Column

Toxic Masculinity Is Going to Get Us All Killed

Men have a history of putting their health — and the health of those around them — at risk for fear of seeming unmasculine

President Trump at a National Day of Prayer event in the Rose Garden of the White House on May 7, 2020. Photo: Chip Somodevilla/Getty Images

As the Covid-19 pandemic drags into May, we have yet to see the president of the United States wear a mask. Donald Trump has reportedly told his allies that he has no plans to wear one for fears that it would make him look ridiculous. And he’s not the only one.

Since the pandemic started, I’ve heard people give a lot of terrible reasons for not wearing masks to protect themselves and others from the coronavirus: Some claim it’s an infringement of their rights, others think it won’t really help. But perhaps the most distressing justification behind not wearing a mask is the one the president seemed to be getting at: Men don’t want to seem weak.

When feminists say toxic masculinity kills, we aren’t kidding.

One man told an Arizona reporter, for example, that wearing a face mask is “submission.”

“It’s muzzling yourself, it looks weak, especially for men,” he said.

Make no mistake: This is macho bullshit at its most lethal. Donald David Abrams, a psychologist and professor of social and behavioral science at New York University, told CNN that for some people, “Putting on that mask is about as blatant as saying, ‘Hey, I’m a scaredy cat.’”

There’s not enough research yet to know whether it’s mostly men who are refusing to wear masks (though there is a stark ideological divide), but there is some history to give us a clue of what’s to come.

Make no mistake: This is macho bullshit at its most lethal.

In the past, men have put their health — and the health of those around them — at risk for fear of seeming unmasculine. Research shows that during both the SARS and H1N1 outbreaks, women were more likely to wear face masks than men. During the 1918 flu pandemic, public health officials had to create specific messaging for men so that they would follow basic hygiene rules: The fear was that cleanliness was associated with “school marms and Sunday school teachers,” and to prevent the spread of disease, officials needed to replace that idea with “more modern, manly form of public health, steeped in discipline, patriotism, and personal responsibility.”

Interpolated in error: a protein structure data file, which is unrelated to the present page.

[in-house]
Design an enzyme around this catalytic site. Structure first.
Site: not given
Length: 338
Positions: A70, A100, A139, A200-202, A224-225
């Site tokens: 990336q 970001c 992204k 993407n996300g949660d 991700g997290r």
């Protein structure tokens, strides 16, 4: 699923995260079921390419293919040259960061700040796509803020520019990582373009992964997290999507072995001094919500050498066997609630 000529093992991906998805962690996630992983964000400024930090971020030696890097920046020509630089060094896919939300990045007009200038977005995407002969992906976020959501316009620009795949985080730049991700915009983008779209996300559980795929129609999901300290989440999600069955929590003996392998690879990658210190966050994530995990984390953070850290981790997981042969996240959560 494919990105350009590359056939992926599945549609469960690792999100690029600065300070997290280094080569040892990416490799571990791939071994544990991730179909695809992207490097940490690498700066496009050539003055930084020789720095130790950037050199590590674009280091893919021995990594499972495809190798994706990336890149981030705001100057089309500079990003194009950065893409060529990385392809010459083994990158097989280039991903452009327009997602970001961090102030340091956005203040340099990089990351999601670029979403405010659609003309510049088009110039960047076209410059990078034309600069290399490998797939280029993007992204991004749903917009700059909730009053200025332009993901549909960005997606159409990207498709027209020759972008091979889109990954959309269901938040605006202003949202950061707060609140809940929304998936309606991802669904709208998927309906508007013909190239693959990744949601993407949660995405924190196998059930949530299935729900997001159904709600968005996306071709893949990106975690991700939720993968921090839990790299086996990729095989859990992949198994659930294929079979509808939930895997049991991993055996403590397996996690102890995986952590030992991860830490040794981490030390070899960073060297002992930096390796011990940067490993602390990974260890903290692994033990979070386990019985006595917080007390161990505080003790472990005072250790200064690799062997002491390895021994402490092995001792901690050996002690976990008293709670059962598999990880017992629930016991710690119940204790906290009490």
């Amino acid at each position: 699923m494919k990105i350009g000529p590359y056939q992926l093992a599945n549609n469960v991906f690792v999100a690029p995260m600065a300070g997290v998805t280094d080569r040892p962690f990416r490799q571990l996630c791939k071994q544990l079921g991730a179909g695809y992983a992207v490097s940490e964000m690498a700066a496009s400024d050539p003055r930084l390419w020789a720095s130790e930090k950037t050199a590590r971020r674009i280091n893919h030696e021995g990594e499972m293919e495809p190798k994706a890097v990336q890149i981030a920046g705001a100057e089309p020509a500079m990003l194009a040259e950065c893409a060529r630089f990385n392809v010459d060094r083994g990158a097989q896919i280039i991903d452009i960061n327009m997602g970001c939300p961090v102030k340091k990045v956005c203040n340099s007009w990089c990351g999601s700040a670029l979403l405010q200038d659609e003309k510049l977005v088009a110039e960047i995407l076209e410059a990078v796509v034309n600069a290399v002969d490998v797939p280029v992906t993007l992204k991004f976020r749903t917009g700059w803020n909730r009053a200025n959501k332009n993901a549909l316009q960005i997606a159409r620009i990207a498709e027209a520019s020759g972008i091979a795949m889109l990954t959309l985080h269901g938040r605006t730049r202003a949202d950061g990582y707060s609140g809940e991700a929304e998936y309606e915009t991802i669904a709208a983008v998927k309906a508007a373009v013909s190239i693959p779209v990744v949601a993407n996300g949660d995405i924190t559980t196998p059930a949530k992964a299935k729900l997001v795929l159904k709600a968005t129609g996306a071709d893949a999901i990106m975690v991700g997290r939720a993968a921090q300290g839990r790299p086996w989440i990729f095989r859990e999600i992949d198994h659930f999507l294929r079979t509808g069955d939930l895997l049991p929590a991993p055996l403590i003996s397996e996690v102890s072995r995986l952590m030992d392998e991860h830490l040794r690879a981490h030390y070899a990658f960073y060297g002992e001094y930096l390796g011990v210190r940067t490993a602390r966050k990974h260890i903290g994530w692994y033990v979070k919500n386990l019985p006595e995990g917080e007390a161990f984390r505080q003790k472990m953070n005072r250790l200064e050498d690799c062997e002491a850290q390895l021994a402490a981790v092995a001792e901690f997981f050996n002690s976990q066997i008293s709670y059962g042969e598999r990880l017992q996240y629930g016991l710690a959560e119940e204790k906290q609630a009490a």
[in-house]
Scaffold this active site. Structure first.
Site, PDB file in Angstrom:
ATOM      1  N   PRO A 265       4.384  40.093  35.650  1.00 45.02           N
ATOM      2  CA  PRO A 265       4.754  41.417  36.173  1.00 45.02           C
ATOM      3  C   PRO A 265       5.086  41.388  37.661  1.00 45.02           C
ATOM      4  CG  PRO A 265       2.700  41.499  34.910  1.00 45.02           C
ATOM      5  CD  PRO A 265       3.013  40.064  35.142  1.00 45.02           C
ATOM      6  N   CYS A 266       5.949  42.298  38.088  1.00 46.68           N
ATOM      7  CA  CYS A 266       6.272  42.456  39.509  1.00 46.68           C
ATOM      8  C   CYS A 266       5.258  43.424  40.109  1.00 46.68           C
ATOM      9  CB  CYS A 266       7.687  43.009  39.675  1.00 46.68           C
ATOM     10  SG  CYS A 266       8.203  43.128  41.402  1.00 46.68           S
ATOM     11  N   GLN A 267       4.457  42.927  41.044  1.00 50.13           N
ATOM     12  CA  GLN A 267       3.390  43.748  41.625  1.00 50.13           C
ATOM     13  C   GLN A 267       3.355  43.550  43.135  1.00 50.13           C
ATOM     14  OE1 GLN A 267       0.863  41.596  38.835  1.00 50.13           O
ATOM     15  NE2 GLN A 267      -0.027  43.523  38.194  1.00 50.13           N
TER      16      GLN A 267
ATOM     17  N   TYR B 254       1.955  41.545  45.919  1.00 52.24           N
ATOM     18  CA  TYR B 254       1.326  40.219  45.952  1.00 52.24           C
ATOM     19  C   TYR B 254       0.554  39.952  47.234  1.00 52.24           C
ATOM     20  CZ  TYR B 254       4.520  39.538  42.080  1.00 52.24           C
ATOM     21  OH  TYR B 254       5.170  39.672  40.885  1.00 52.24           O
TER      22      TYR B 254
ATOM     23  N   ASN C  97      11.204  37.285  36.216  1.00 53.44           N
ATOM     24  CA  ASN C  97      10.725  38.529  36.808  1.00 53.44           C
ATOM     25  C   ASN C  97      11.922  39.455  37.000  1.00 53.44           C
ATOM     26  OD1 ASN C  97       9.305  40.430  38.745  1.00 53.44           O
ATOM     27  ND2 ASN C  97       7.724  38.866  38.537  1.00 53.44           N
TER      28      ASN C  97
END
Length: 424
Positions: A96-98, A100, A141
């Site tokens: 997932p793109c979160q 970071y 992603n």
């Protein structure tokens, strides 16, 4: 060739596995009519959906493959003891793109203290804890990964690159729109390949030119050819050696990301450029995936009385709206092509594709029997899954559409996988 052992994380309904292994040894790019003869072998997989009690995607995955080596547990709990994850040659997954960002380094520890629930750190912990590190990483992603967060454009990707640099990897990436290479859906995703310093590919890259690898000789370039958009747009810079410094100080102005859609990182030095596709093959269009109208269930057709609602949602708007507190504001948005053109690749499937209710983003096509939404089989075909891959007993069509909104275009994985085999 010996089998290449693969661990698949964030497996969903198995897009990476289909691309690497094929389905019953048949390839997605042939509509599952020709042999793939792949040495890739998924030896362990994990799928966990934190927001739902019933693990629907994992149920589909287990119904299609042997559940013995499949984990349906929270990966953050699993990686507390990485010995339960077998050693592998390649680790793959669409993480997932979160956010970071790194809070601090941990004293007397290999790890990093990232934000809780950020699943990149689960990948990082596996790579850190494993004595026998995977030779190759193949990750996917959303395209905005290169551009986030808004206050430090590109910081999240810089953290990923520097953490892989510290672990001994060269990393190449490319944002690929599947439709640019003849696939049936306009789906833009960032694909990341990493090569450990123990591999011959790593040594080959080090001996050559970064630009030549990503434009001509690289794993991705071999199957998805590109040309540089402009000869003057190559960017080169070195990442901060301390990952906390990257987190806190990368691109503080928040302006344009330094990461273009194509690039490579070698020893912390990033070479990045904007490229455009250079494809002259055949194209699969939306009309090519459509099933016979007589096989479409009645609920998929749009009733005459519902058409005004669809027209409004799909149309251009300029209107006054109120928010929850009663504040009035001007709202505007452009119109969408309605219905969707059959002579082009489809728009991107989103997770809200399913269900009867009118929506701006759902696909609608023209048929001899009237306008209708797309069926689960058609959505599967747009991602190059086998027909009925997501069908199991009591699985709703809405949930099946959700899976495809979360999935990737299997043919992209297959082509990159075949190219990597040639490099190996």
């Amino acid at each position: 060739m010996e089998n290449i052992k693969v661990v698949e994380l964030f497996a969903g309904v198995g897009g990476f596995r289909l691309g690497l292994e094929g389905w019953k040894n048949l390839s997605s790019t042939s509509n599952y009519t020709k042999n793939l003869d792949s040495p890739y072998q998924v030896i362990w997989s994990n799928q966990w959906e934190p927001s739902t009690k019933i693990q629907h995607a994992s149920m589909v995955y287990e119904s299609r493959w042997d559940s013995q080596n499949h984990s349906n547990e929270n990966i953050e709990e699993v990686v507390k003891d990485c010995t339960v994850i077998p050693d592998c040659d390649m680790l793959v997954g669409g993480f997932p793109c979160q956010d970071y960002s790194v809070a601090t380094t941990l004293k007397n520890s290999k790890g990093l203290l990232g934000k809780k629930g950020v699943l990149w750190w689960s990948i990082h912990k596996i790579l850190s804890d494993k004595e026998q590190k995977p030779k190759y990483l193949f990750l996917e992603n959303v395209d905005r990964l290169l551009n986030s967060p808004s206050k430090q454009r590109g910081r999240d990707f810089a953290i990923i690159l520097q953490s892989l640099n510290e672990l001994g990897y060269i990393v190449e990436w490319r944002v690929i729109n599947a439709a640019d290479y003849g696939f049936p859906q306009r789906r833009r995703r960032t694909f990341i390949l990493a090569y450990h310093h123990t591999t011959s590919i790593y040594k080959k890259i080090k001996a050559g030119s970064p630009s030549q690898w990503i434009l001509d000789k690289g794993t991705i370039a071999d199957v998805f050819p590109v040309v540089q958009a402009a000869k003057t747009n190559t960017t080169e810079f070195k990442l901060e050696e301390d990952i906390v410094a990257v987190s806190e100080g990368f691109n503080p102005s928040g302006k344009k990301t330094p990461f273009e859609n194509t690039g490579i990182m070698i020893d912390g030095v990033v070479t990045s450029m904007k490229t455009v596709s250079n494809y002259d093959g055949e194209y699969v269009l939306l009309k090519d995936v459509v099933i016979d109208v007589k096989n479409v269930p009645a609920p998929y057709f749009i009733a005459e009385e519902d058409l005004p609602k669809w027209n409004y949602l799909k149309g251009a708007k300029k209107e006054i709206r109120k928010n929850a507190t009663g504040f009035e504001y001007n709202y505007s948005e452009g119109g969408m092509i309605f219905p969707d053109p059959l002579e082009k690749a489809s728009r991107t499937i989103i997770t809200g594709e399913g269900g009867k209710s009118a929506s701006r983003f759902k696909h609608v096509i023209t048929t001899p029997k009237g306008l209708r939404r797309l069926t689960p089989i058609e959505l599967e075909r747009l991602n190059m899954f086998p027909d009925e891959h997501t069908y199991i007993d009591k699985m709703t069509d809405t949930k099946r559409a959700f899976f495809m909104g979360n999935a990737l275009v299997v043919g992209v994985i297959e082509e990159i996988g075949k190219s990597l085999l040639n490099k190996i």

This fear of appearing feminine (read: weak) despite life-or-death risks extends to other areas of life as well. American men are more likely to eschew wearing seat belts and more likely to smoke. Men are also less likely to seek help when suffering from mental health issues — thanks largely to stigma and masculinity norms — and much more likely to commit suicide.

Right now, with a pandemic still in full effect, men’s decision to not wear masks in public will have a demonstrable impact on public health.

Of course for some men, the decision to wear a mask is a life-and-death issue of a different sort. Black men, who are justifiably concerned about police bias and violence, have raised the issue of profiling and feeling unsafe wearing face coverings in public. And it’s not only men refusing to wear masks: one woman was even recorded after she cut a hole in her mask because she claims she couldn’t breathe well otherwise. (You know what else makes it hard to breathe?)

Those who are ignoring state guidelines (and common sense) because it might hurt their self-image, though, need to be reached. I hope the culture is not so far gone as to need a 1918-style “masks are manly” initiative, but at this point I’m open to anything. The issue is too important, the risks too great, to allow men’s narrow view of what it means to “be a man” to hurt other Americans.

We already know that the contemporary Trumpian brand of masculinity is bad for men and women. It’s unhealthy for young boys to internalize messages that they always need to be tough, even at the expense of their own health, and it’s bad for girls and women to be exposed to men who believe the only way to feel sure of themselves is to behave recklessly or violently. In the middle of one of the worst pandemics in U.S. history, the president’s cartoonish performance of masculinity is setting a horrible precedent, and putting American lives in danger. All for fear of, well, showing fear.

Feminist author & columnist. Native NYer, pasta enthusiast.

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